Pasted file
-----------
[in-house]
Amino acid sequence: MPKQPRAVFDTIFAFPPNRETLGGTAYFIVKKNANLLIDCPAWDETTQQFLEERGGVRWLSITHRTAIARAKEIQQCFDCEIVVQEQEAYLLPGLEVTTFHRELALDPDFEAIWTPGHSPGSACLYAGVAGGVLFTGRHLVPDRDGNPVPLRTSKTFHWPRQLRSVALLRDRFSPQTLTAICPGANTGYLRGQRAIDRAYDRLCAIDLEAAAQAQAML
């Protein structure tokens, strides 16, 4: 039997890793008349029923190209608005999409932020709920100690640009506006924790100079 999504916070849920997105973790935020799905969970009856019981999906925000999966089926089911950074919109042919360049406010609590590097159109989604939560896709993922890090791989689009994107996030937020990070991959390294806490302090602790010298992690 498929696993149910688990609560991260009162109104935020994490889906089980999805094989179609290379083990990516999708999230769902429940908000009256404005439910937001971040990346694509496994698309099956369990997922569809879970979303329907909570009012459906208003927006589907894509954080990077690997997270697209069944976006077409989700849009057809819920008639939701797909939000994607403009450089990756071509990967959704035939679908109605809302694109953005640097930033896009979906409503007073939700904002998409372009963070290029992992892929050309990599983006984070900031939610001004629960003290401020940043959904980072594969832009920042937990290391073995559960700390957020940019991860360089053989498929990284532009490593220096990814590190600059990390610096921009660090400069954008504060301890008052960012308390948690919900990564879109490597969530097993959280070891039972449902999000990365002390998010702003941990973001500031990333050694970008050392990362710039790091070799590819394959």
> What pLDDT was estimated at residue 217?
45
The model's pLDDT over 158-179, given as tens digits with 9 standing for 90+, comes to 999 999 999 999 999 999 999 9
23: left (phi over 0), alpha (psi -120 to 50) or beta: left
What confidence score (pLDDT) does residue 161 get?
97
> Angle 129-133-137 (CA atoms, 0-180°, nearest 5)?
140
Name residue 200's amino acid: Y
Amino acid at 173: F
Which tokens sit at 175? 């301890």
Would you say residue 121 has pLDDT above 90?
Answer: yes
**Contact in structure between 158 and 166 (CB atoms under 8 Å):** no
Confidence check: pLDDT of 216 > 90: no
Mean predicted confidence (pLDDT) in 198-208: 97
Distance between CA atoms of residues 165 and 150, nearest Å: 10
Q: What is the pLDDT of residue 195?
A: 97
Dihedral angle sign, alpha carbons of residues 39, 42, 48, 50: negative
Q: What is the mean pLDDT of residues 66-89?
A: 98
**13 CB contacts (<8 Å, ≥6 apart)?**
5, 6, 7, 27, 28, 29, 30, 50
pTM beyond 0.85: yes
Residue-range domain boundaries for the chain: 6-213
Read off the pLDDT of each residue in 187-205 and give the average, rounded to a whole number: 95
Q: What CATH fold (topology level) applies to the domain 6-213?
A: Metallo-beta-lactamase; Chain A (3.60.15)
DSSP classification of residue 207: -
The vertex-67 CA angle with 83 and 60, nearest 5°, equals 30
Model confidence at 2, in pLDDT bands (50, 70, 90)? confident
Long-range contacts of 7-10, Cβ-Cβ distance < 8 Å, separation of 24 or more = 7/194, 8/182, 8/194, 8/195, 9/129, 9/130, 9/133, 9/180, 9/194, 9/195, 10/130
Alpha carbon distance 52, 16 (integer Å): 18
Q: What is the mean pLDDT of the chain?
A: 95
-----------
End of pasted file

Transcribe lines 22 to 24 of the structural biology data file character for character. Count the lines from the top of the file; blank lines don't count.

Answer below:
A: 97
Dihedral angle sign, alpha carbons of residues 39, 42, 48, 50: negative
Q: What is the mean pLDDT of residues 66-89?